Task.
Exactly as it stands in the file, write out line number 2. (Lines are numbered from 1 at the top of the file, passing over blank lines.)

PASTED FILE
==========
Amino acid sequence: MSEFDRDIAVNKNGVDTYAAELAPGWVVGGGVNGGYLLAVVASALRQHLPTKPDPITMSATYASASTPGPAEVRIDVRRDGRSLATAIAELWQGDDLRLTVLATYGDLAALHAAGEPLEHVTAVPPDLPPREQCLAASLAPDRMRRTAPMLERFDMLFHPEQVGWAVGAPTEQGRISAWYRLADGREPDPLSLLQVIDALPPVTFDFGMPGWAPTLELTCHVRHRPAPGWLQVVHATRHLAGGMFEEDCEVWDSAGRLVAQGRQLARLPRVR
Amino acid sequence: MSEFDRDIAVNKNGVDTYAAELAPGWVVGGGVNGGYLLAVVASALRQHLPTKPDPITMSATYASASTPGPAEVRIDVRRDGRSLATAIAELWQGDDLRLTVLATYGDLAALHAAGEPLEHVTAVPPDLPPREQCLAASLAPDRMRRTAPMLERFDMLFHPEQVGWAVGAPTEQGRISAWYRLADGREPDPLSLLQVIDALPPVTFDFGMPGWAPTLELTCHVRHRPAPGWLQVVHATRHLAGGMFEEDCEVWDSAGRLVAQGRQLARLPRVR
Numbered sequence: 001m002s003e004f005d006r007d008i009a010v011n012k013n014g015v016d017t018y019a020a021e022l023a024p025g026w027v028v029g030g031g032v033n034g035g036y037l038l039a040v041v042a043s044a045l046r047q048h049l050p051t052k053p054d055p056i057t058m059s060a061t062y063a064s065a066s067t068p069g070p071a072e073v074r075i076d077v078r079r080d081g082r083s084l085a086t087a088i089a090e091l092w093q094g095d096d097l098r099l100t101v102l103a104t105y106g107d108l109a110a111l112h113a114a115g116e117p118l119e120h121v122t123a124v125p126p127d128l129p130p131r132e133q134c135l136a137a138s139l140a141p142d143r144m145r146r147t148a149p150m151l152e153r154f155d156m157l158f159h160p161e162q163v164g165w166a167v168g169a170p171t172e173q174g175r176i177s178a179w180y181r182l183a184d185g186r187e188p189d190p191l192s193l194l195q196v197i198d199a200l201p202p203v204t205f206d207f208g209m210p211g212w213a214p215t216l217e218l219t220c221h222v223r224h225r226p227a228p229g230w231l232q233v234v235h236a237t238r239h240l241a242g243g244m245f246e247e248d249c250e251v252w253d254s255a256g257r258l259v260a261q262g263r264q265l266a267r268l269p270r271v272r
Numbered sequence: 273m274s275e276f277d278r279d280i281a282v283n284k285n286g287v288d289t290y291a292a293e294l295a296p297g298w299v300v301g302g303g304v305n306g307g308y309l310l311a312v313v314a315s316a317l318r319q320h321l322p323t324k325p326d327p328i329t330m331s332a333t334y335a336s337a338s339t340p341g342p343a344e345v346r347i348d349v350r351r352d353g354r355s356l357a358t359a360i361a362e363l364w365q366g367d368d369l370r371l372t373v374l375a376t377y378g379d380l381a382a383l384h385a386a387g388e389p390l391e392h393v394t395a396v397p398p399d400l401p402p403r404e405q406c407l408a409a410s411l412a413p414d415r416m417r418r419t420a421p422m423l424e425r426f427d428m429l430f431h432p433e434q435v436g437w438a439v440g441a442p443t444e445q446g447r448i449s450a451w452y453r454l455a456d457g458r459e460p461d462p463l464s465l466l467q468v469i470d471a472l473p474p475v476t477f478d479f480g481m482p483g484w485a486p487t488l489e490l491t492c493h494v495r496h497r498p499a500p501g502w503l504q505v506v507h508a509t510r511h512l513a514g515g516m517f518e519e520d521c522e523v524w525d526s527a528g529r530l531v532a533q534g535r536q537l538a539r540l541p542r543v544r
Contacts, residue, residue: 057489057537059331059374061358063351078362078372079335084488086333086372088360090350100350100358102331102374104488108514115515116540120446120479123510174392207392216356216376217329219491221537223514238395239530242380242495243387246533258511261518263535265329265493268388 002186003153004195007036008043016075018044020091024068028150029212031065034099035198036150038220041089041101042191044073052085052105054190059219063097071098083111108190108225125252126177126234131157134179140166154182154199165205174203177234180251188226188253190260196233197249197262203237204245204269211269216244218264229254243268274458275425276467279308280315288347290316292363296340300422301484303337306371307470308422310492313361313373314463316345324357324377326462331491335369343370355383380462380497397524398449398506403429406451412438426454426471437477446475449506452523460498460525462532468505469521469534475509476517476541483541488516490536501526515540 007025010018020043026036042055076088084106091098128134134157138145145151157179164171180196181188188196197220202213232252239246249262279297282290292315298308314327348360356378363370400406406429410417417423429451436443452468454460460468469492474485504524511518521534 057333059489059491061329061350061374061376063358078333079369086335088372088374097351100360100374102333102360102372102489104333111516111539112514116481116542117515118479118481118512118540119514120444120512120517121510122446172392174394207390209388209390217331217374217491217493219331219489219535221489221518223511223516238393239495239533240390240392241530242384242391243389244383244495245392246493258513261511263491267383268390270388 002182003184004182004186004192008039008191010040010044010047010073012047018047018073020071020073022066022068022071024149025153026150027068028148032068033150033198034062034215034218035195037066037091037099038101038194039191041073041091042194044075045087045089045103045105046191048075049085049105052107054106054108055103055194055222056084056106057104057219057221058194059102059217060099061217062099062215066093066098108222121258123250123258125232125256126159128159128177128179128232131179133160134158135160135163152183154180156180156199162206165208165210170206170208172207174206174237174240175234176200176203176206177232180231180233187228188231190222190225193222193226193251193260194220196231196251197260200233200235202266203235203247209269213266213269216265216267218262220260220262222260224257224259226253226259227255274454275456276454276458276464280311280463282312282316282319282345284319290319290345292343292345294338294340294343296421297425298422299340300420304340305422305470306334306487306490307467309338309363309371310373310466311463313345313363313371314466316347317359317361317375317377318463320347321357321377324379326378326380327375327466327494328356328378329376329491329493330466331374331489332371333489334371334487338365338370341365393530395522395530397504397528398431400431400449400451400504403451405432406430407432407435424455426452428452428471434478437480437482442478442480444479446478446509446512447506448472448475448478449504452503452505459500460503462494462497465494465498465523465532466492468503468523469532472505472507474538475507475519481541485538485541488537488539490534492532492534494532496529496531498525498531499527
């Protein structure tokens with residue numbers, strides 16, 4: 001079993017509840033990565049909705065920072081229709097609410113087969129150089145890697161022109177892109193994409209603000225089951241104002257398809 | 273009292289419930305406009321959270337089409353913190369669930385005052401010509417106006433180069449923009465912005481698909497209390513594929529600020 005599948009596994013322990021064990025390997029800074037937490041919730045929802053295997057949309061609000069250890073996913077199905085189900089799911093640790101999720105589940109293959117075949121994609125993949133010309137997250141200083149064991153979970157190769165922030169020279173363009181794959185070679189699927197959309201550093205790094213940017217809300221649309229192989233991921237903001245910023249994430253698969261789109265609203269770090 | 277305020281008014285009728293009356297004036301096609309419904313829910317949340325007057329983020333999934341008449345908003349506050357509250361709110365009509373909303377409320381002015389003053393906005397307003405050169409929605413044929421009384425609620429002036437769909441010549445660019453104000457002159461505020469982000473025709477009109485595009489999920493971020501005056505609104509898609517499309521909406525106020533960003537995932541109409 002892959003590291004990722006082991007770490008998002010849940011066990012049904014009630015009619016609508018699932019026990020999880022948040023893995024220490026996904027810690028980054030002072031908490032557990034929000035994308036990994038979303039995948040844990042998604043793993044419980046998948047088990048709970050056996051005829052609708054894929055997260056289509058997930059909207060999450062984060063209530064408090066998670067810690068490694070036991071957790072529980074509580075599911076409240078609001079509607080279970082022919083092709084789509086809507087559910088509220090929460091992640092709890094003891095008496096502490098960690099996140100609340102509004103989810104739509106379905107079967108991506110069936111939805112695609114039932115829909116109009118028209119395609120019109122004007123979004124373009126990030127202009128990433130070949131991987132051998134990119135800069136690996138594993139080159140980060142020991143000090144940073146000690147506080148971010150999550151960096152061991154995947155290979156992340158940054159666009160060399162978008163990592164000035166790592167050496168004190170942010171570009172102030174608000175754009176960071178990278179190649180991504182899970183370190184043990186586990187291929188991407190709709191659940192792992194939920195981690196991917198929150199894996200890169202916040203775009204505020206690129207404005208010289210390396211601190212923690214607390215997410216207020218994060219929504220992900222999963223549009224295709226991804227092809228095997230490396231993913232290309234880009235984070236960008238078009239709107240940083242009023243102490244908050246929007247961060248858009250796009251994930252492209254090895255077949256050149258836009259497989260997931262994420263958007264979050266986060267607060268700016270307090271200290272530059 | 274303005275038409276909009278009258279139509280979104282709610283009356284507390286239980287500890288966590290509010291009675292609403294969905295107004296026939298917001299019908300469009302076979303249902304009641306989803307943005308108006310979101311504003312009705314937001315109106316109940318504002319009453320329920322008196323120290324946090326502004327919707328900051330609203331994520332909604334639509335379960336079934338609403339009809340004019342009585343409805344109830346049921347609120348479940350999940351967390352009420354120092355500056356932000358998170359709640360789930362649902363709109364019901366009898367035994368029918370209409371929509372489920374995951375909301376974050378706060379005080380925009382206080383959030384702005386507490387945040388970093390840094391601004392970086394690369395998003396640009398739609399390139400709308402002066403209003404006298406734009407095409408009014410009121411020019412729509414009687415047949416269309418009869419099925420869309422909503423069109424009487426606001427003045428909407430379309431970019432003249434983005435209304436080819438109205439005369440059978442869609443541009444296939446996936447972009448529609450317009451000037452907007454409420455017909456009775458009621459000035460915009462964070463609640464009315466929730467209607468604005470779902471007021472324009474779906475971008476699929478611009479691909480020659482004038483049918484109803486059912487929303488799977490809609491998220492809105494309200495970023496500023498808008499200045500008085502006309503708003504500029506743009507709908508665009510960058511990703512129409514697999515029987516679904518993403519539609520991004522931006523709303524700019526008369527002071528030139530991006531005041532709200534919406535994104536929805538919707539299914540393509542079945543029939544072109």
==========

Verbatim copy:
Amino acid sequence: MSEFDRDIAVNKNGVDTYAAELAPGWVVGGGVNGGYLLAVVASALRQHLPTKPDPITMSATYASASTPGPAEVRIDVRRDGRSLATAIAELWQGDDLRLTVLATYGDLAALHAAGEPLEHVTAVPPDLPPREQCLAASLAPDRMRRTAPMLERFDMLFHPEQVGWAVGAPTEQGRISAWYRLADGREPDPLSLLQVIDALPPVTFDFGMPGWAPTLELTCHVRHRPAPGWLQVVHATRHLAGGMFEEDCEVWDSAGRLVAQGRQLARLPRVR